"Lady Dora," he said, as a deep sigh of heartfelt joy struggled upwards, but his tone was calm and low, and he approached and clasped her hand, "now I will answer you. When we met in Florence I could have loved you; I thought I did, till I measured the error afterwards by the intensity of my love for Minnie. When I brought her, a child almost, to my artist's home, who came and upheld that child? who came, and by her presence gave countenance to our love? Did you—did any? True, after a while, a few tardy visits were paid! But when I, fiendlike, drove her by my passions to become a wanderer—who sought her out to cheer and uphold? I blamed you less even then than now; for now you have shewn me how despotic your will can be, when it pleases you to be so! Love you!" he cried, striding across the room and dragging back the curtain before the statue of his wife—"love you, Lady Dora! the cold, heartless woman of the world; with this too looked upon—the marble dream of my adored, my murdered Minnie! Oh no, no!" he added, almost weeping. "By the long, long nights I watched, creating this memory—by her purity, which I now know too late—I scorn you, Lady Dora; and, unmanly as it may seem, have trifled with your semblance of heart, your vanity in short, to open the eyes of a worthy man, too worthy for you—Lord Randolph."

She had stood transfixed by horror, crushed in her pride, and bending to earth. As he spoke the last words, a heavy fall in the bedroom resounded in their ears. She turned hastily, and in terror gazing at the door, through which he passed in haste. Not a thought of the truth burst upon him as he raised the closely enveloped and veiled figure, fainting on the ground. Placing her on a couch, he hurriedly tore off the bonnet to give her air; as he did so, the long fair hair rolled heavily to the ground, which it swept. He uttered a cry; it was one of pain and fear—for one hurried moment something supernatural crept through his blood and stilled it—then drawing near the couch, as if a spirit lay there, he gently lifted back the fallen hair, and gliding on one knee, gazed with distended eyes on the pale, unconscious face, then, placing his lips near hers, he held his own breath to feel if she breathed. A gentle sigh came over his cheek—with that sigh the truth rushed almost in maddening power over his mind. One loud cry came from his soul; and clasping her in his arms he strained her to his breast, and wild, hysteric sobs burst from his lips, but the eyes were burning and tearless.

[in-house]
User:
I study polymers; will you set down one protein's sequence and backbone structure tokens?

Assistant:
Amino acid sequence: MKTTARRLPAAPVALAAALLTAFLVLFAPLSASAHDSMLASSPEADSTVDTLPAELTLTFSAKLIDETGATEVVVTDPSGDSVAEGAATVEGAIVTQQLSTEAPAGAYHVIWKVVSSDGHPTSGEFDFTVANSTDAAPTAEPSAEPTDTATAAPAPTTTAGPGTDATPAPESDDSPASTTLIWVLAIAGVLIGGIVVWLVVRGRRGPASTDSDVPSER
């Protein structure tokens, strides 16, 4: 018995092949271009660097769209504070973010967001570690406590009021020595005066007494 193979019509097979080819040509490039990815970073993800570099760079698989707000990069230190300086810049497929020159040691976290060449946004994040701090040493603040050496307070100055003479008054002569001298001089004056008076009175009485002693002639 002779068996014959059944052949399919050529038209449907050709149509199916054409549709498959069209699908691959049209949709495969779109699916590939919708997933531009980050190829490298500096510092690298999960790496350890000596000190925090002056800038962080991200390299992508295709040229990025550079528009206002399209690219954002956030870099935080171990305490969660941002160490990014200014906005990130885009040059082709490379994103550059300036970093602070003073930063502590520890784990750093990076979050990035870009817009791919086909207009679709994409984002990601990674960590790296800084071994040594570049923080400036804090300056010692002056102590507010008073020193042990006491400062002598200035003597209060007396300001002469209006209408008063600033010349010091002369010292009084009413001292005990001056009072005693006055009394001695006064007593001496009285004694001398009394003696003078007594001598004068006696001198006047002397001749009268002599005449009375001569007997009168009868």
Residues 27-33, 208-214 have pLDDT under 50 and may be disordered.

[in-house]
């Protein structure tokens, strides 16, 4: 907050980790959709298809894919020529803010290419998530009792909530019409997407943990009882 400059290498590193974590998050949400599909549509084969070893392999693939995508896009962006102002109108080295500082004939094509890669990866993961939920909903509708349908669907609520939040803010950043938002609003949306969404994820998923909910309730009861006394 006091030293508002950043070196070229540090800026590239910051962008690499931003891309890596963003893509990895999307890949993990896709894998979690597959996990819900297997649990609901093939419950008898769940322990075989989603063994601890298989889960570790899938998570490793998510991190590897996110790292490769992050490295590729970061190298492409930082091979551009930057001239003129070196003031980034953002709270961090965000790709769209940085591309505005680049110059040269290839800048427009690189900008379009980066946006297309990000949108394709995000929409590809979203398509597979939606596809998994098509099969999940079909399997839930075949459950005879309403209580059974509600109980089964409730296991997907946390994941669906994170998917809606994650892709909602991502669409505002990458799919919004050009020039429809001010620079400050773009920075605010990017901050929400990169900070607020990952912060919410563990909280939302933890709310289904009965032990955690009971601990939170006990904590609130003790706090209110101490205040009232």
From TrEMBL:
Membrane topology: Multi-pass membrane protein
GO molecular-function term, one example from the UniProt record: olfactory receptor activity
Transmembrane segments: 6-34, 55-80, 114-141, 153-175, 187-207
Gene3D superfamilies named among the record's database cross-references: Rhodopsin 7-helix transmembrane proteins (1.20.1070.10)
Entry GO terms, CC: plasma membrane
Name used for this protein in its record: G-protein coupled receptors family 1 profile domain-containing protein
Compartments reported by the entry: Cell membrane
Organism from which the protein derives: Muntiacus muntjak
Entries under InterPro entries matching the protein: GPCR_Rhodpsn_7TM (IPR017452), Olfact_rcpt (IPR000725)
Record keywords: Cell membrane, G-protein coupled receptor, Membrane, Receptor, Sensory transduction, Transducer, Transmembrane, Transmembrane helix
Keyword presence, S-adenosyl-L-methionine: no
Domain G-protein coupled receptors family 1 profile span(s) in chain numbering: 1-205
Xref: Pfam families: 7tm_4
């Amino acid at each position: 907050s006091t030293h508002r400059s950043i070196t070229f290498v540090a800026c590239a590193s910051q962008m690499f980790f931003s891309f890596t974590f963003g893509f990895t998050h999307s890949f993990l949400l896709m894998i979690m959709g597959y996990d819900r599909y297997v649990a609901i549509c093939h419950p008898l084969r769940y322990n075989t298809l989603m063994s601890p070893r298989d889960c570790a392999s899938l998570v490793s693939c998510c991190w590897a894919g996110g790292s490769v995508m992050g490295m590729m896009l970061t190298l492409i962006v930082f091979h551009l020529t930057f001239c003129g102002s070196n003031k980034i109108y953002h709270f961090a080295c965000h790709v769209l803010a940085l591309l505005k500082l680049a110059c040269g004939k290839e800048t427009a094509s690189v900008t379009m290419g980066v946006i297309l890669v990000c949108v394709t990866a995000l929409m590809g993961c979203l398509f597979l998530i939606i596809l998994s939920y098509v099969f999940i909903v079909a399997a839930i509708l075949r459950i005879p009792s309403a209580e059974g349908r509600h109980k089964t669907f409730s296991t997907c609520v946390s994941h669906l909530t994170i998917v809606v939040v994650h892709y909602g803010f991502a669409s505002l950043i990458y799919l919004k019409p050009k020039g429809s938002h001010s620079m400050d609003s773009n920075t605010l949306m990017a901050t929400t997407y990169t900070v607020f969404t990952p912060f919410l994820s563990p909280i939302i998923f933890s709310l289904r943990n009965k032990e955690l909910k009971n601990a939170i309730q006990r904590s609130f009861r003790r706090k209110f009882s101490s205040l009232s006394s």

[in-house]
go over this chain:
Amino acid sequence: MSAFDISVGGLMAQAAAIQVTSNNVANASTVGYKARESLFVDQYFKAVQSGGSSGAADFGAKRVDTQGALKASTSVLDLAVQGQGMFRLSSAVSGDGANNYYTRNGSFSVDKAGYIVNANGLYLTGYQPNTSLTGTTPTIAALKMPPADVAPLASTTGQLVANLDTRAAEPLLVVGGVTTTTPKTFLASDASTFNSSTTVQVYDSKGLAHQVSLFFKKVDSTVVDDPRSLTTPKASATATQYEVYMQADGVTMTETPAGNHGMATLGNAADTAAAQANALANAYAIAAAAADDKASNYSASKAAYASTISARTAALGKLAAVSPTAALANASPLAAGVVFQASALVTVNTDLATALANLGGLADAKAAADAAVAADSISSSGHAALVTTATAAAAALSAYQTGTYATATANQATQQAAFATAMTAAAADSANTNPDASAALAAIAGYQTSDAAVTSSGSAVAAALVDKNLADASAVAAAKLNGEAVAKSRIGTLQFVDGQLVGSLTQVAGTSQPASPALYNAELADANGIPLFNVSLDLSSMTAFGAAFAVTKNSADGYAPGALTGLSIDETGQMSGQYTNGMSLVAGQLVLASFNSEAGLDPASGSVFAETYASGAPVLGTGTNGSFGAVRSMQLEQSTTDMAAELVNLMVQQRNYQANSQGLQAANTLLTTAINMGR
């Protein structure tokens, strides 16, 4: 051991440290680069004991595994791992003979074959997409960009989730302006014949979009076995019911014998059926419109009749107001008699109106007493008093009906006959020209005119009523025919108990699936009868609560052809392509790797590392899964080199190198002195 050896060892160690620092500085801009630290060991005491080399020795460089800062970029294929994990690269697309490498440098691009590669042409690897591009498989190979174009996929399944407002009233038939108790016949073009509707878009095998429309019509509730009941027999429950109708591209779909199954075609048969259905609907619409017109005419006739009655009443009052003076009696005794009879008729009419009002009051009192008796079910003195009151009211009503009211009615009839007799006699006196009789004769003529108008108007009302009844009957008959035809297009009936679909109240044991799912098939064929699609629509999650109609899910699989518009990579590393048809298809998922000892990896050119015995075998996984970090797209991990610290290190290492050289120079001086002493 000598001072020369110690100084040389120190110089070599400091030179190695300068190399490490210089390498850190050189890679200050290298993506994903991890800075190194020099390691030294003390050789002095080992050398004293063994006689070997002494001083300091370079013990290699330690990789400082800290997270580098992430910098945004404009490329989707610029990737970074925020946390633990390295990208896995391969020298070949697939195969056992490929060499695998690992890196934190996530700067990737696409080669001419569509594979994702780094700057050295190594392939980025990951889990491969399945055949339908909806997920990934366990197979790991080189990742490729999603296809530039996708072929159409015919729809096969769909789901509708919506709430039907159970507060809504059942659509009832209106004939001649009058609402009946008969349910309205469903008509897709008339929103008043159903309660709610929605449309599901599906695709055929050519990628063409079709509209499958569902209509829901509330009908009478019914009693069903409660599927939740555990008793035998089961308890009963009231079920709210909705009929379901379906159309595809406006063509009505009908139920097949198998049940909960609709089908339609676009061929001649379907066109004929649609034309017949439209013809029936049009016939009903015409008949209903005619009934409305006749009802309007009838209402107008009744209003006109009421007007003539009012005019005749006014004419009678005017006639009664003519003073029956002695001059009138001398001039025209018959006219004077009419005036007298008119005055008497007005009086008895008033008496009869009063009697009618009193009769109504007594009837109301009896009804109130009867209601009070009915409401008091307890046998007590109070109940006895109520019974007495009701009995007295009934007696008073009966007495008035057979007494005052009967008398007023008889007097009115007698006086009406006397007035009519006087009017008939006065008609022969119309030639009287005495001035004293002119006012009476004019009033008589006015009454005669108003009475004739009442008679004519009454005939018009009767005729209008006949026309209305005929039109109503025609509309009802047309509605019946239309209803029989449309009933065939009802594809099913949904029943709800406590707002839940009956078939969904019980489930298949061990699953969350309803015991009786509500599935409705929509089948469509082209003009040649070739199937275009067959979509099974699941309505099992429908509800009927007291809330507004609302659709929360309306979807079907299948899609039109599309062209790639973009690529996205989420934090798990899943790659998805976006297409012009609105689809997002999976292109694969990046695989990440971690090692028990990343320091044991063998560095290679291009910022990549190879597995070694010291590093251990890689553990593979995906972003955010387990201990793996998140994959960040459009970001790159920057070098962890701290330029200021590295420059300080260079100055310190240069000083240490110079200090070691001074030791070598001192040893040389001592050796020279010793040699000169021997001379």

"Minnie—Minnie!" he sobbed; "speak to me—my wife—my Minnie, speak to me!"

But though the blue eyes opened, and tried to comprehend all, they were haggard and without speculation. By degrees memory returned; and the first look of terror passing, the languid arms raised above the head on her bosom, and grew in a circle round his neck, and strained him to her heart.

"Miles!" she whispered, "it would have killed me if——" she glanced towards the door. "Let us together thank that unfailing power," she uttered, "which has kept us from sin, and through so much sorrow, in faith and love," and the trembling knees clung to the ground beside where he knelt supporting her; and the eyes, pure as an angel's, looked upwards in prayer, while his arms clasped her, and the speechless lips were pressed on the upraised hands which pleaded for both.

Lady Dora had stood unnoticed in the doorway, when he rushed in. No words can convey an idea of her mingled sensations. At a glance she guessed the truth—'twas Minnie in life. As she stood, a hand touched her arm.

"Lady Dora," said a grave voice, "I was there." He pointed to the saloon. "An open door permitted me to enter, and hear all. I meant not to listen—your words arrested me. Come, let me take you to Lady Ripley's; this is no place for you."

She started—gazed on him—then, all her pride coming to her aid, she cried haughtily—

"My lord, I need no counsellor; I can act alone!"

And, hastily throwing on her bonnet and shawl, she quitted the studio. Lord Randolph stood an instant, then, taking up a pencil, wrote on a card, and placed it on the easel:—

"Heaven bless you both! Tremenhere, when you call me to your joy, I shall rejoice with you, indeed!


Skaife returned, and let himself in with the key which he had taken; but he was not alone. When he quitted the apartment, he hurried off (as men very often do) to a woman for advice; and now he entered with Mary and little Miles, resolved to tell all boldly. But when he arrived all had been said, and, creeping to the bedroom door, he saw Minnie's head on Tremenhere's beating heart, and his other arm clasped round her, as though he still dreaded some power might separate them again. Her face was upturned to his, whose deep, dark eyes were riveted on every look, as she told him all. Skaife moved aside, and Mary crept in. Miles looked up; but he could not for an instant loose his grasp, or move. Mary came quietly on, and round the mother's neck were clasped the arms of her child. Miles started. One glance told him all the truth. Something thrilled through him. It was what he once expressed—"Minnie, I should be jealous of my own child;" but the momentary gleam of that fatal passion left, ere matured, and, folding both in one clasp, his tears unrestrained baptized their re-union of love.

"You did this!" he cried, grasping the hands of Skaife and Mary, as he pointed to his boy's portrait in his mother's arms. "Thank you; it was nobly done, and oh, a lovely thought!"